(Article changed on October 12, 2013 at 06:53)
The 2013 shut down of the government by Tea Party Republicans is not an event that just spontaneously sprung up this year, but rather is the result of over twenty years of actions each building on the next that made this conflict predictable if not inevitable.
Great conflicts require formidable adversaries. Yet from 1968 to 1988, Republicans had a virtual lock on the White House winning on average by 52.7% -- 43.0%, with the sole exception being Jimmy Carter's narrow victory following Watergate. Then came William Jefferson Clinton who was able to beat President Bush in a three-way race with only 43 percent of the vote.
The Republicans recognized right away the threat posed by a successful New Democrat and they were determined at the outset to challenge his legitimacy and to obstruct wherever possible. House Speaker Gingrich, who once said that Clinton supporters were "the enemy of normal Americans," believed that they had to fight the Democrats "with the scale and duration and savagery that is only true of civil wars" -- and he delivered.
"Clinton Not My President"
President Clinton told Joel Klein that:
After I got here and started dealing with them, I realized that the Republicans had been in power since Nixon . . . They figured there'd never be another Democratic President. . . . So they just never saw me as a legitimate person.
Prominent Republicans such as Representative Dick Armey and Senate candidate Oliver North openly declared Clinton was not their President.
Klein himself wrote in The Natural:
From the beginning of his presidency, there was indeed the sense -- radiating from the Gingrich wing of the Republican Party . . . that the new President was a usurper who had managed to hoodwink the American public. He was to be opposed at every turn, by any means necessary, and, if possible, destroyed.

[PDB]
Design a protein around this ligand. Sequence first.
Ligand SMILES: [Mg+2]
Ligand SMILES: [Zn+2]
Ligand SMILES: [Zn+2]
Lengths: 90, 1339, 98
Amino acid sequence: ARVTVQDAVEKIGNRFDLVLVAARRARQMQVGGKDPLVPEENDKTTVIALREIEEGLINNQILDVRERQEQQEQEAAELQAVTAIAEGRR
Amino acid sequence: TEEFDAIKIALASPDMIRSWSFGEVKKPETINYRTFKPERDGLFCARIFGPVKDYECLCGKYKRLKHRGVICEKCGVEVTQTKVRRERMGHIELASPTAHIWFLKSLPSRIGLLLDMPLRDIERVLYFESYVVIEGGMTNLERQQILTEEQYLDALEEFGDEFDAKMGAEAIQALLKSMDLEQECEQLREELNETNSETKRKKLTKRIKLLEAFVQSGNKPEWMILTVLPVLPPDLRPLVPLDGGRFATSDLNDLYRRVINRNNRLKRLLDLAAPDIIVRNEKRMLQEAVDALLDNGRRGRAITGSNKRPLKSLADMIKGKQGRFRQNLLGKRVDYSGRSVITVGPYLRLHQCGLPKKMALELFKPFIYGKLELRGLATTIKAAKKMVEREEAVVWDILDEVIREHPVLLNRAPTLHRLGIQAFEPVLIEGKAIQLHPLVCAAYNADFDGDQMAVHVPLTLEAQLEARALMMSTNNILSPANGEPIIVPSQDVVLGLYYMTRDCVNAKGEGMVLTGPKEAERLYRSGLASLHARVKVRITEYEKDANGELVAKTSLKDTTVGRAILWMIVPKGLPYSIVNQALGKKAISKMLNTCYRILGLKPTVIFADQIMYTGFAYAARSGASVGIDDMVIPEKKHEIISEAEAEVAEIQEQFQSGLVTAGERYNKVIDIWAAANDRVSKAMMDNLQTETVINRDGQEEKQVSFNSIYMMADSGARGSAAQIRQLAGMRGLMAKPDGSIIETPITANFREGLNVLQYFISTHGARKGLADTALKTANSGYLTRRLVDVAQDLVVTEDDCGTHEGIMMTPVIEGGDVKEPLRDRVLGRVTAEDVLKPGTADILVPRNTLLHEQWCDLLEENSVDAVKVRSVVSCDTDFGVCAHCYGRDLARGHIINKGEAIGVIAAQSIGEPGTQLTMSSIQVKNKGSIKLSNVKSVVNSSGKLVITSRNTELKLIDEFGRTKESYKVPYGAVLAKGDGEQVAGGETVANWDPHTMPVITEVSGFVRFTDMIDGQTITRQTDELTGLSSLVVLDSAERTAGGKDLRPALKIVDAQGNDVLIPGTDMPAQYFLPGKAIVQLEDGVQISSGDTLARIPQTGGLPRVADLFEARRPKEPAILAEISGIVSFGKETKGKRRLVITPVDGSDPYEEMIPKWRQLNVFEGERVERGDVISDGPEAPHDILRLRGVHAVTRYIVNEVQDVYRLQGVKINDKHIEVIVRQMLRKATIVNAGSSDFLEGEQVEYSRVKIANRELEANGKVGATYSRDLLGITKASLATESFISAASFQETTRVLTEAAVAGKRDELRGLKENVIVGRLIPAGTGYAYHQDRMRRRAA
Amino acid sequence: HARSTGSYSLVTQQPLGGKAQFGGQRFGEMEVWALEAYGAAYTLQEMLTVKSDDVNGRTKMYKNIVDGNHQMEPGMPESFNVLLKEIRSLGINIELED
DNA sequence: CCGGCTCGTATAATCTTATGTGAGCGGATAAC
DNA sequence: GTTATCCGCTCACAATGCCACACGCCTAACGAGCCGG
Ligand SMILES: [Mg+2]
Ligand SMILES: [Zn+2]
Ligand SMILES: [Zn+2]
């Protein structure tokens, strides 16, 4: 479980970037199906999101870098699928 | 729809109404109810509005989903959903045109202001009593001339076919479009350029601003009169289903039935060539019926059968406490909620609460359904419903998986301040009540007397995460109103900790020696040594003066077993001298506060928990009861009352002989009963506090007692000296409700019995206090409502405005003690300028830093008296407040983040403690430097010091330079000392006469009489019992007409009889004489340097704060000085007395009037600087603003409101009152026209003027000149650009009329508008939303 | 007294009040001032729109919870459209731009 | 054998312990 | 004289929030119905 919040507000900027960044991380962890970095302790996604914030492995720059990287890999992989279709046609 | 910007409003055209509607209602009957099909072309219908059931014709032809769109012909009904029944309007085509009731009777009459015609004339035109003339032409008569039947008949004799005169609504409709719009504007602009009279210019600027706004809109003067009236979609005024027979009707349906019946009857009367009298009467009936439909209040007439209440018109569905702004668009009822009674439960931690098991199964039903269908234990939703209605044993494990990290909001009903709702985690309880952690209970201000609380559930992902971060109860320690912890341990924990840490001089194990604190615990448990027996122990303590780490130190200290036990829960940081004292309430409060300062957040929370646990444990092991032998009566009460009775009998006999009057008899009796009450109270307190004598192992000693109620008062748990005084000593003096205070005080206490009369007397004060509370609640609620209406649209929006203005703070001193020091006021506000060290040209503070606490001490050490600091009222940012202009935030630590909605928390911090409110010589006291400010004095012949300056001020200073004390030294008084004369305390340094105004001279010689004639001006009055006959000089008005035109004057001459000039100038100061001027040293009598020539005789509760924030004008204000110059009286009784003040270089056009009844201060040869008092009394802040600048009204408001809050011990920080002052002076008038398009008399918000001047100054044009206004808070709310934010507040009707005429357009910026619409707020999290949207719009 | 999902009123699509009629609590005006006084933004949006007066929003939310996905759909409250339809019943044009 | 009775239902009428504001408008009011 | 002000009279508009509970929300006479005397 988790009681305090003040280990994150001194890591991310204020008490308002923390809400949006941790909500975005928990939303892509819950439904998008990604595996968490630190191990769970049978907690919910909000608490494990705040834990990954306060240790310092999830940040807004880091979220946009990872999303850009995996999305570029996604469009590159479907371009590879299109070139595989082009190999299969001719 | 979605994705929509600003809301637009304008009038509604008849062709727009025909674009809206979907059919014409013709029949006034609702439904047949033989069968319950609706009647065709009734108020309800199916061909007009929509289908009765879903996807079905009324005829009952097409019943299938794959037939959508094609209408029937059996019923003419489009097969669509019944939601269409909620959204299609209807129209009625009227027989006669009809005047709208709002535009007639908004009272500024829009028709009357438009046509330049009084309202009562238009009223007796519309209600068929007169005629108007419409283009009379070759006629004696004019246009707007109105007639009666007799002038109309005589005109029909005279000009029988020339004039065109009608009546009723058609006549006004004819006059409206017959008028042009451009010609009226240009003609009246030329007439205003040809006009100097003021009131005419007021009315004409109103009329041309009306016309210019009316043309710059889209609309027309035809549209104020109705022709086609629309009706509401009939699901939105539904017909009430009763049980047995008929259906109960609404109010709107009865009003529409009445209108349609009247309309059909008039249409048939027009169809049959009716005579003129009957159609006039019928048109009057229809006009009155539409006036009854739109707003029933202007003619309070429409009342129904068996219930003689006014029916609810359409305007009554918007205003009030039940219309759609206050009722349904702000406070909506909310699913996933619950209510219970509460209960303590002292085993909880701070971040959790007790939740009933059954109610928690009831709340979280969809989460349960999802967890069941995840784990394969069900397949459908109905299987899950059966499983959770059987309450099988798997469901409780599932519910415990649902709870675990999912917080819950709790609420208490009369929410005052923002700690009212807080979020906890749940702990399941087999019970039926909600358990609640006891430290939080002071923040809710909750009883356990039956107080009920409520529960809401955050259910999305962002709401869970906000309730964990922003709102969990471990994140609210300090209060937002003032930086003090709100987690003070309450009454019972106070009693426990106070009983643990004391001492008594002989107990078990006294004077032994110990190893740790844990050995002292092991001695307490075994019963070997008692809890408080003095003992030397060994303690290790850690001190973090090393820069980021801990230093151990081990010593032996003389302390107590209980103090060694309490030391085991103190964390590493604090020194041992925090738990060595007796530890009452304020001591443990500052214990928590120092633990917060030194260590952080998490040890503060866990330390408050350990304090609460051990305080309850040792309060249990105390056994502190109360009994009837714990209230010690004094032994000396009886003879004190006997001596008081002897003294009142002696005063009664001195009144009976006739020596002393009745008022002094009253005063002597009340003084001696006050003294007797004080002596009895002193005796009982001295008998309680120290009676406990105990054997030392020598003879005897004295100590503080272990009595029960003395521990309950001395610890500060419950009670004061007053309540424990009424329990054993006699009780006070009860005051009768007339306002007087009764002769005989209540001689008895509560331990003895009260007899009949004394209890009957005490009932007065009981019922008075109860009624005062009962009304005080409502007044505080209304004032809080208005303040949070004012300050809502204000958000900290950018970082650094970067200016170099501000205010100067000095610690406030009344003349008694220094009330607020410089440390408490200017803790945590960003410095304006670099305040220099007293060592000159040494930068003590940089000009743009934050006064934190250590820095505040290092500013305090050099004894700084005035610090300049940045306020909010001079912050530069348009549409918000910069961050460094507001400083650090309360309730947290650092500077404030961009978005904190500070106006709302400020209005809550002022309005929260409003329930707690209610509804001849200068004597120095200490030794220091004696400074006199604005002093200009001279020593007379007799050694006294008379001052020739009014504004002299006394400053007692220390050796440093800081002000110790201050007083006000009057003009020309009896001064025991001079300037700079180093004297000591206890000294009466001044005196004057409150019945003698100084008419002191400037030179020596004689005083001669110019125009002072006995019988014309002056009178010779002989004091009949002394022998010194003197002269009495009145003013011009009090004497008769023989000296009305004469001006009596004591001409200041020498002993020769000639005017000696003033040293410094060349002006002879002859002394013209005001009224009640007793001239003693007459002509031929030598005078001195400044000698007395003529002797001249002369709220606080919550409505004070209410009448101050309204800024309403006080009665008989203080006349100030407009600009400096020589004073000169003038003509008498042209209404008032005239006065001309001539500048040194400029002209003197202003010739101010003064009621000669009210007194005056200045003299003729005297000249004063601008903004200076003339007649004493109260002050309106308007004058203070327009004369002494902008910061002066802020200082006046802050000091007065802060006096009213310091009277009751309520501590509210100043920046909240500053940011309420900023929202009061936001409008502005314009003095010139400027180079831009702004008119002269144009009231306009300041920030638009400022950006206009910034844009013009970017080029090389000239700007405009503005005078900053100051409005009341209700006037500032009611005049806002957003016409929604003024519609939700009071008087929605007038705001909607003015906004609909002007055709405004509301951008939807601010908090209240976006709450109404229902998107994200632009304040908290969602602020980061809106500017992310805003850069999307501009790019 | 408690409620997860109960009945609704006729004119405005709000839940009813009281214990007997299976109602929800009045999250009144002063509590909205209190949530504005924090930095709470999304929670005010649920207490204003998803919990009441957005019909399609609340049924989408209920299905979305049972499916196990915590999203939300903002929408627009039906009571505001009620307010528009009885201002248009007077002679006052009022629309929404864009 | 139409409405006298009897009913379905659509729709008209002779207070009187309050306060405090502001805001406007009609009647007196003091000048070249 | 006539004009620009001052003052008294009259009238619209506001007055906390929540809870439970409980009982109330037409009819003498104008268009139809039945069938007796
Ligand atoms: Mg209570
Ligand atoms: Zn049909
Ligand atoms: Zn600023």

Devolution on Health Care
With today's reflexive rants that Obamacare is part of a godless, socialist plot, forgotten are the origins of the Clinton and Obama proposals. The Clinton plan was spurred in part by a push by the Business Roundtable for universal coverage since health care costs were becoming a competitive burden. Items such as the individual mandate came from the conservative Heritage Foundation's proposal entitled "A National Health System for America."
Republicans initially sought to push a compromise proposal, the "Health Equity and Access Reform Today Act of 1993," which also included an individual mandate. Introduced by Senator Chafee (R-RI), the bill had 18 Republican co-sponsors including conservative Senators Bennett (R-UT), Grassley (R-IA) and Hatch (R-UT) who would later lead the charge against Obamacare.
As Jacob Weisberg explains in Slate, it was at this point we witnessed the death of the Responsible Republicans. Former Vice President Quayle aide William Kristol wrote a memo to Republican leadership stressing that "the Clinton proposal is also a serious political threat to the Republican Party" and therefore Republicans must "adopt an aggressive and uncompromising counterstrategy designed to delegitimize the proposal".
As a result the Republicans abandoned all compromise proposals, health care reform died and Republicans were rewarded for their efforts by taking control of both houses of Congress following the 1994 election. Weisberg notes that it was the embrace of Kristol's recommendation that
marks the pivotal moment when Republicans shifted from fundamentally responsible partners in governing the country to uncompromising, hyperpartisan antagonists on all issues.